The German-Soviet Nonaggression Pact was signed on August 23, 1939, just before World War II, by Nazi Germany and the Soviet Union. By signing the pact, the countries agreed not to take any military action towards each other for the next ten years to come. Joseph Stalin, the Soviet leader, hoped he would be able to keep his country on peaceful terms by signing the pact, and German leader Adolf Hitler signed it to invade Poland unopposed. However, the Nazis broke the pact when they invaded the Soviet Union in Operation Barbarossa in June of 1941.
As Hitler and the Nazis prepared to invade Poland, his generals became nervous. They feared that by doing so, they might start a war with Russia, despite Stalin’s army having been seriously weakened in the years prior. So to avoid this, Hitler began thinking about strengthening relations with Stalin and the Soviets. As more and more European countries began looking for potential allies as war crept up on them, Hitler’s foreign minister began dropping hints to the Russian government that they may be allowed some polish territory when Hitler invaded Poland, which caught Stalin’s attention. When Hitler sent Stalin a message asking if he would receive him, Stalin agreed.
Joachim von Ribbentrop, the German foreign minister, flew to Moscow on August 22, 1939 and met with Stalin and his foreign minister, Vyacheslav Molotov, at the Kremlin. Ribbentrop, on behalf of Hitler, proposed they create a nonaggression pact that would last for 100 years. In response, Stalin said that ten years would be enough.
The pact also contained a secret protocol dividing Eastern Europe between the two countries. Finland, Estonia, Latvia, and eastern Poland were given to the Soviets and Romania, Lithuania, and the rest of Poland to the Nazis. The secret protocol would not be revealed until World War II ended in 1945. Also, the pact stated that neither the Soviets nor the Nazis would aid a third party that tried to attack either country.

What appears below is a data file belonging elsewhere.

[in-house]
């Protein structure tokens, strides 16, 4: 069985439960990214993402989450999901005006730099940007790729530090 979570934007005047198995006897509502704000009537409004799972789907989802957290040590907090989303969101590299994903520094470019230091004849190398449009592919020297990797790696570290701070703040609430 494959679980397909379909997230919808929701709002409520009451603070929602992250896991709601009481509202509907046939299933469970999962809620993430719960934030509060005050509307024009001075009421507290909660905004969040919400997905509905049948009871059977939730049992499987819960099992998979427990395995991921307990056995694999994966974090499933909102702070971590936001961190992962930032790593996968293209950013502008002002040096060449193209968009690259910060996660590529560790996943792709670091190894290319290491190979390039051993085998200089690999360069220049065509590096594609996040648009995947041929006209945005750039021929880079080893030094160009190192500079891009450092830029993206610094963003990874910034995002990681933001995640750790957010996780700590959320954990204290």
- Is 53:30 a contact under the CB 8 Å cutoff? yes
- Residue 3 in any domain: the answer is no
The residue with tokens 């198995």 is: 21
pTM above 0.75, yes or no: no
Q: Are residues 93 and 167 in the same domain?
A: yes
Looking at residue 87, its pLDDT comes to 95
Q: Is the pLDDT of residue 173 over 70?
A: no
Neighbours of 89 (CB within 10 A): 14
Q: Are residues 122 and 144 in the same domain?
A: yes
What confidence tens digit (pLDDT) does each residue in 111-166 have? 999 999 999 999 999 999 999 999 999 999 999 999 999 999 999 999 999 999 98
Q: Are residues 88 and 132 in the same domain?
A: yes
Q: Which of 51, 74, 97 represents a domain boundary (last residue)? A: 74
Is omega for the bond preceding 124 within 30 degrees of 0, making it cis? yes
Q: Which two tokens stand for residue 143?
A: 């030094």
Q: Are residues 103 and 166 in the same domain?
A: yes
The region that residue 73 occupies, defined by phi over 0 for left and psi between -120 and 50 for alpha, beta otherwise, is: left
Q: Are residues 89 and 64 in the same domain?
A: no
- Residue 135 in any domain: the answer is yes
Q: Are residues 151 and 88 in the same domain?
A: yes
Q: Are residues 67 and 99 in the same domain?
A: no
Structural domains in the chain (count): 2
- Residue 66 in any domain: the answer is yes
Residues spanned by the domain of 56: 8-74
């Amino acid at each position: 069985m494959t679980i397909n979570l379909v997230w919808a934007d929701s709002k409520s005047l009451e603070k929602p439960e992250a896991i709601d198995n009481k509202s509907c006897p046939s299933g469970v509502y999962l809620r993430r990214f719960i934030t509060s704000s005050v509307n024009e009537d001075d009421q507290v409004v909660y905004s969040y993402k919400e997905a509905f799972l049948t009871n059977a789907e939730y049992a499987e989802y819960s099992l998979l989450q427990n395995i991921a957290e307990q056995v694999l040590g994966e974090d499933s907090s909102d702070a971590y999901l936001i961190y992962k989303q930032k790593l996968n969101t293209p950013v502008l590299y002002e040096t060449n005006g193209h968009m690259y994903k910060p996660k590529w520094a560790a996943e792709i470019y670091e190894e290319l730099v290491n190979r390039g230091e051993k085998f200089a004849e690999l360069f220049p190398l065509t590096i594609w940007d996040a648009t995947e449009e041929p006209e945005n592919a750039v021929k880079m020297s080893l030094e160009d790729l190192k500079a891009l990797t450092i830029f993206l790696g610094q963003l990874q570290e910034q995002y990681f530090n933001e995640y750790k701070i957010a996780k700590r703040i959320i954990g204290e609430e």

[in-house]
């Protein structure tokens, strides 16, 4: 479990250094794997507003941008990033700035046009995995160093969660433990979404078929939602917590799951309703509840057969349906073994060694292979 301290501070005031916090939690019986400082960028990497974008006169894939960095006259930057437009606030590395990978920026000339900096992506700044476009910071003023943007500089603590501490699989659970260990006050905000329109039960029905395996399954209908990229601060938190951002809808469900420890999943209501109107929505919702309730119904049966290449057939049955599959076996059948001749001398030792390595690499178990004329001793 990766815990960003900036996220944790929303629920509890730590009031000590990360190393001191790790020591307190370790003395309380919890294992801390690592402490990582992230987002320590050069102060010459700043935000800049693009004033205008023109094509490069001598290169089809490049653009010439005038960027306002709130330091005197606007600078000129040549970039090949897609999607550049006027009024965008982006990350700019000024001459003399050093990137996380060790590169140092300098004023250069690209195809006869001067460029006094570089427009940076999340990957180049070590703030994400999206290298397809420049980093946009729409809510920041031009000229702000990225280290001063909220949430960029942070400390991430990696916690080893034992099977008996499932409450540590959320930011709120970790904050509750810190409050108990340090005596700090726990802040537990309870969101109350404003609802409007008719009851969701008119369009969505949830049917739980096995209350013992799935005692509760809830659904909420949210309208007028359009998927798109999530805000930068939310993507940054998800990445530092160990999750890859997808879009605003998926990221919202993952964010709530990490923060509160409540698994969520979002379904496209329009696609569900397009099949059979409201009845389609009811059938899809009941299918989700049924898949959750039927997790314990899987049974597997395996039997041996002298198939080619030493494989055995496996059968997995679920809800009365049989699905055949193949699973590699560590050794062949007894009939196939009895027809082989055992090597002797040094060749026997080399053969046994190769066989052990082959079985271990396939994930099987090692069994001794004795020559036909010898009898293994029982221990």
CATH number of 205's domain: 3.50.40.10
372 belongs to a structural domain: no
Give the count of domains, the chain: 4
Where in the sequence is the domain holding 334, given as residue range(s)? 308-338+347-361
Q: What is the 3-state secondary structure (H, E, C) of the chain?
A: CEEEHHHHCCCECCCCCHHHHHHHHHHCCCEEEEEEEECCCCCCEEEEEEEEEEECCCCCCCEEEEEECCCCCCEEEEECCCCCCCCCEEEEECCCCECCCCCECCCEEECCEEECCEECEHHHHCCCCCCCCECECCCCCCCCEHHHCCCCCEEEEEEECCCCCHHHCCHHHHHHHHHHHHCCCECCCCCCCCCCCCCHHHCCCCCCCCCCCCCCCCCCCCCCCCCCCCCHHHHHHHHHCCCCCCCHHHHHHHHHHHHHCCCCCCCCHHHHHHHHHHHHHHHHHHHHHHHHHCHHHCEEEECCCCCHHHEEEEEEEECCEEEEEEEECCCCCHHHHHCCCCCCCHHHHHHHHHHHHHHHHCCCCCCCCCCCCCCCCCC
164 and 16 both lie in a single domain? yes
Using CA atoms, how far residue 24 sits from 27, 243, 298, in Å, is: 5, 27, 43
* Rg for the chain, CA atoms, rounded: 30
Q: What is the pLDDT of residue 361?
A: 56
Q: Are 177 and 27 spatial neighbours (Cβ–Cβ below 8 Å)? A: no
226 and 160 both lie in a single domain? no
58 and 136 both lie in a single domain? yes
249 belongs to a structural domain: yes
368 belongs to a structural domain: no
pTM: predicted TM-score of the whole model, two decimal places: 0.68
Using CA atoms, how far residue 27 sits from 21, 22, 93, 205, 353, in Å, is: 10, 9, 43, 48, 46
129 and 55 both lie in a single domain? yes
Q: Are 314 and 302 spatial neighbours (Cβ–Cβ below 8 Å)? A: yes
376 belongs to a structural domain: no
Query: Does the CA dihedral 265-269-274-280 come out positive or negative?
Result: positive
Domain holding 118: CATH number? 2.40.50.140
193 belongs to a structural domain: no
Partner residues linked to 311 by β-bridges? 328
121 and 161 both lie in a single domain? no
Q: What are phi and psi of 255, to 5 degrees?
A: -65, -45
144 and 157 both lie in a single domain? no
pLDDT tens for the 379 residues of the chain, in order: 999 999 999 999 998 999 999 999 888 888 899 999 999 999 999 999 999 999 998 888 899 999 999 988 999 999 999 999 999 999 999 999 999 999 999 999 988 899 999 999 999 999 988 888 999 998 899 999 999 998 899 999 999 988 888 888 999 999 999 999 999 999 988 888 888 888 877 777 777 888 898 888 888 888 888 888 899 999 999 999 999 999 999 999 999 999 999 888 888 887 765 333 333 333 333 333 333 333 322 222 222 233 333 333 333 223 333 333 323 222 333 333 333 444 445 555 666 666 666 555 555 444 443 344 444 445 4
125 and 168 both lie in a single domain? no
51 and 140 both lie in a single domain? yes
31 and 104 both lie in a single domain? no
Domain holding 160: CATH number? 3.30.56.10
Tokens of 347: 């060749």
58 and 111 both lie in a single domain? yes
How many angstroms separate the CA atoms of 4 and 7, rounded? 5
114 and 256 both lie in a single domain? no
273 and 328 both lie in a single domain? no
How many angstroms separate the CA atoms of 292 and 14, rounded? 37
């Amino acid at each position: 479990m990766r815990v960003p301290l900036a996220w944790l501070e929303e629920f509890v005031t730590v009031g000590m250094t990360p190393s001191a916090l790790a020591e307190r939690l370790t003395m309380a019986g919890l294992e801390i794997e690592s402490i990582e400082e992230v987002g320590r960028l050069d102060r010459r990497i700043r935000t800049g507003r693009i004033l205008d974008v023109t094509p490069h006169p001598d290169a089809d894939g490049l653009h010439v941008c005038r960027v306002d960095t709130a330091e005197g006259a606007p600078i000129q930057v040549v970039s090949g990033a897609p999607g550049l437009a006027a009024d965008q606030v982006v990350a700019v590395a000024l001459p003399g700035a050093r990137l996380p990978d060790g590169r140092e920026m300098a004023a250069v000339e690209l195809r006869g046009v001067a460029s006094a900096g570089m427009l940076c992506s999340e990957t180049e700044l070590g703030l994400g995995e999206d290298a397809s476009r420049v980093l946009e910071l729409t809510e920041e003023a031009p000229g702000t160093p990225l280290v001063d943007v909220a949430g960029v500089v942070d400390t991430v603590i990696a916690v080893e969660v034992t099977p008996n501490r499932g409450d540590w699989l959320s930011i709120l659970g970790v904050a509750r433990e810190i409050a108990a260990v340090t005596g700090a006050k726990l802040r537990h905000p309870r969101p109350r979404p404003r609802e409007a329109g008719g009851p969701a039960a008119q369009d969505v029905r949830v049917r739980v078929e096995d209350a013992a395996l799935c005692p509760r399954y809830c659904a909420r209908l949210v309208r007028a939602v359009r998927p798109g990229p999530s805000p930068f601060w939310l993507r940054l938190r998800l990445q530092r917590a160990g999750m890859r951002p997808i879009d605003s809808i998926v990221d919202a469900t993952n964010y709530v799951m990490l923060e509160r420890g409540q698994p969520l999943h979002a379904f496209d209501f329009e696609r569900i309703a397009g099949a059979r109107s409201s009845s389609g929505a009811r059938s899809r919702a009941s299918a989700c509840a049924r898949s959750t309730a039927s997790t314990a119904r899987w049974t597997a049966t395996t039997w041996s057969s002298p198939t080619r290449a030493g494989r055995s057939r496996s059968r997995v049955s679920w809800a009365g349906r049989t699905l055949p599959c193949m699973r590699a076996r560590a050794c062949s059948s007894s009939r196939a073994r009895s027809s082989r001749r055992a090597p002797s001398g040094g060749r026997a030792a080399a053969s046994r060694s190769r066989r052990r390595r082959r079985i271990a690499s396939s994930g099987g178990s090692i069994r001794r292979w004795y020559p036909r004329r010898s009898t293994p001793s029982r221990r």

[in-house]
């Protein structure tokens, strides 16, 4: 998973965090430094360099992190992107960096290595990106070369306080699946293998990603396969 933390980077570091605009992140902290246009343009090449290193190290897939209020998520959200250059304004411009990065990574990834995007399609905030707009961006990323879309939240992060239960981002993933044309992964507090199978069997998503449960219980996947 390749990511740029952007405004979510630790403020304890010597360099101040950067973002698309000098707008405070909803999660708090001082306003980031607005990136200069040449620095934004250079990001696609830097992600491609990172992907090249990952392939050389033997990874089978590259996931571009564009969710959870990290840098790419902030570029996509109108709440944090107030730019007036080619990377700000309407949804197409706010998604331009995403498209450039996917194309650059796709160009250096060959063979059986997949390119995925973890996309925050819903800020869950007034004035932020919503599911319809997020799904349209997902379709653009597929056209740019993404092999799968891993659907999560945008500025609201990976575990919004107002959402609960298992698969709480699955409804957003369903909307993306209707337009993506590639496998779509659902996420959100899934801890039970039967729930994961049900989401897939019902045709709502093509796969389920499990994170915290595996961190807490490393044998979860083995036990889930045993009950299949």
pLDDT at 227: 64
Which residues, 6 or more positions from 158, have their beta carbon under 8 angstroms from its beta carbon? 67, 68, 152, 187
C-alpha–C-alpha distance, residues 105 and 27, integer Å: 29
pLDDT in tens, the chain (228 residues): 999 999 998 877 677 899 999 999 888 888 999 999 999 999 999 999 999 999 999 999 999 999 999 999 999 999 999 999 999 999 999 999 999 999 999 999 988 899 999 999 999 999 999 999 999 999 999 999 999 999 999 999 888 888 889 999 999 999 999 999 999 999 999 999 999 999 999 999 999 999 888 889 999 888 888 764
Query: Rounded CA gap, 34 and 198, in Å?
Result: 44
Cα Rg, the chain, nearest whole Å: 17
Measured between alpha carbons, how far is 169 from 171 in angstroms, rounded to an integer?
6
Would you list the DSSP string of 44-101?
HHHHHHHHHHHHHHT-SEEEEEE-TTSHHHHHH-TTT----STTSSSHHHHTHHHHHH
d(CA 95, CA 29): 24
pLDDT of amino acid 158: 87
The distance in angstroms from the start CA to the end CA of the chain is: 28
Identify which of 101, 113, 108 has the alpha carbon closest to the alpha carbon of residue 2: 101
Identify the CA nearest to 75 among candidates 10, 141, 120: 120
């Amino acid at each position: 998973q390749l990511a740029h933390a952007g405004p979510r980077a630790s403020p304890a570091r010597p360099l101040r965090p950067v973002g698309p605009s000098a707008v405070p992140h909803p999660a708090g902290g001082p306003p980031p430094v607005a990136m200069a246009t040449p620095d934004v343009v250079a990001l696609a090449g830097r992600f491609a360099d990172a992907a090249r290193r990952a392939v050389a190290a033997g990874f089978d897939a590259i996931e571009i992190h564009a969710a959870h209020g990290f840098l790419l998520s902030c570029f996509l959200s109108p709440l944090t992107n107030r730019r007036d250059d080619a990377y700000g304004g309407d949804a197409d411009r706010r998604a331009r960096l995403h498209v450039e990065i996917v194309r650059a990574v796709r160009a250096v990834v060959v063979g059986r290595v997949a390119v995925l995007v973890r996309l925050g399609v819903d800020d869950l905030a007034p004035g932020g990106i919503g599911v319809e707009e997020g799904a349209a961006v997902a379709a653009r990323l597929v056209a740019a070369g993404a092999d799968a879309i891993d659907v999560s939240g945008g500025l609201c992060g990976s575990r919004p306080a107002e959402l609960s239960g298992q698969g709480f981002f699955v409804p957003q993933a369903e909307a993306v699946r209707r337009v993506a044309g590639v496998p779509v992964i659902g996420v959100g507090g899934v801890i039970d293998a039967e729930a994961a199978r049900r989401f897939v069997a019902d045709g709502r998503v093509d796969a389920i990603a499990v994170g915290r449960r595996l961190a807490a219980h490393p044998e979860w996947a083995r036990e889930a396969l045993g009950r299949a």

Hitler, who was in Bavaria, nervously awaited the news of the pact as Ribbentrop called him many times. When he called him again in the early morning of August 23, Ribbentrop confirmed that they had settled everything and Hitler was very excited, as he could now take Poland without fear of the Soviets getting involved.
The same day the nonaggression pact was announced, Great Britain and France pledged to protect Poland in case of attack from Germany and Russia. Hitler was also planning to begin his strike on Poland with quick, surprise attacks. He decided not to go through with the attacks that day, but ordered his troops to strike on September 1. On September 3, only two days later, both Great Britain and France declared war on Germany and thus, the second World War had begun.
In the end, Hitler would break the pact with the Soviets. On June 22, 1941, he sent about 3 million of his men to invade the Soviet Union in the unsuccessful Operation Barbarossa, which would be the German military’s largest operation of the war. Barbarossa lasted until December 5, 1941.